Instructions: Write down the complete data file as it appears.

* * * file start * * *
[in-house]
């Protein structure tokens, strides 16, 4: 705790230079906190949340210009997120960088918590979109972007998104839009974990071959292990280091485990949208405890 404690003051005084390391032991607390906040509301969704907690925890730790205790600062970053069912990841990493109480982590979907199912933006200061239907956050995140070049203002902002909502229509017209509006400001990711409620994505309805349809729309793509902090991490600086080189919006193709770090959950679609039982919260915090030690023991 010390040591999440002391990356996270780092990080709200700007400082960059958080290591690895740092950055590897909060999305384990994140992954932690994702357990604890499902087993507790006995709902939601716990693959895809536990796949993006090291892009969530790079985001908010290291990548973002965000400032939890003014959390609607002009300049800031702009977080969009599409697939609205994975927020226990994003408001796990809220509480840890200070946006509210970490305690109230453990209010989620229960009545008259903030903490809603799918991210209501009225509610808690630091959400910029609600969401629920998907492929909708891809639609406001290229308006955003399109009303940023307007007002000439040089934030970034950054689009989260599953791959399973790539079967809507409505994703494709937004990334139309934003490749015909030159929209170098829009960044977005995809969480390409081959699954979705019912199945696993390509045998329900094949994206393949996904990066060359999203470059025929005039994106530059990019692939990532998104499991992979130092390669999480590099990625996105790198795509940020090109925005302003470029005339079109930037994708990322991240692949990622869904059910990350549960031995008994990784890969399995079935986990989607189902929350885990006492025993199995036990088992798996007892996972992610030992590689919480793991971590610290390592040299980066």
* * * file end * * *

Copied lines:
[in-house]
């Protein structure tokens, strides 16, 4: 705790230079906190949340210009997120960088918590979109972007998104839009974990071959292990280091485990949208405890 404690003051005084390391032991607390906040509301969704907690925890730790205790600062970053069912990841990493109480982590979907199912933006200061239907956050995140070049203002902002909502229509017209509006400001990711409620994505309805349809729309793509902090991490600086080189919006193709770090959950679609039982919260915090030690023991 010390040591999440002391990356996270780092990080709200700007400082960059958080290591690895740092950055590897909060999305384990994140992954932690994702357990604890499902087993507790006995709902939601716990693959895809536990796949993006090291892009969530790079985001908010290291990548973002965000400032939890003014959390609607002009300049800031702009977080969009599409697939609205994975927020226990994003408001796990809220509480840890200070946006509210970490305690109230453990209010989620229960009545008259903030903490809603799918991210209501009225509610808690630091959400910029609600969401629920998907492929909708891809639609406001290229308006955003399109009303940023307007007002000439040089934030970034950054689009989260599953791959399973790539079967809507409505994703494709937004990334139309934003490749015909030159929209170098829009960044977005995809969480390409081959699954979705019912199945696993390509045998329900094949994206393949996904990066060359999203470059025929005039994106530059990019692939990532998104499991992979130092390669999480590099990625996105790198795509940020090109925005302003470029005339079109930037994708990322991240692949990622869904059910990350549960031995008994990784890969399995079935986990989607189902929350885990006492025993199995036990088992798996007892996972992610030992590689919480793991971590610290390592040299980066």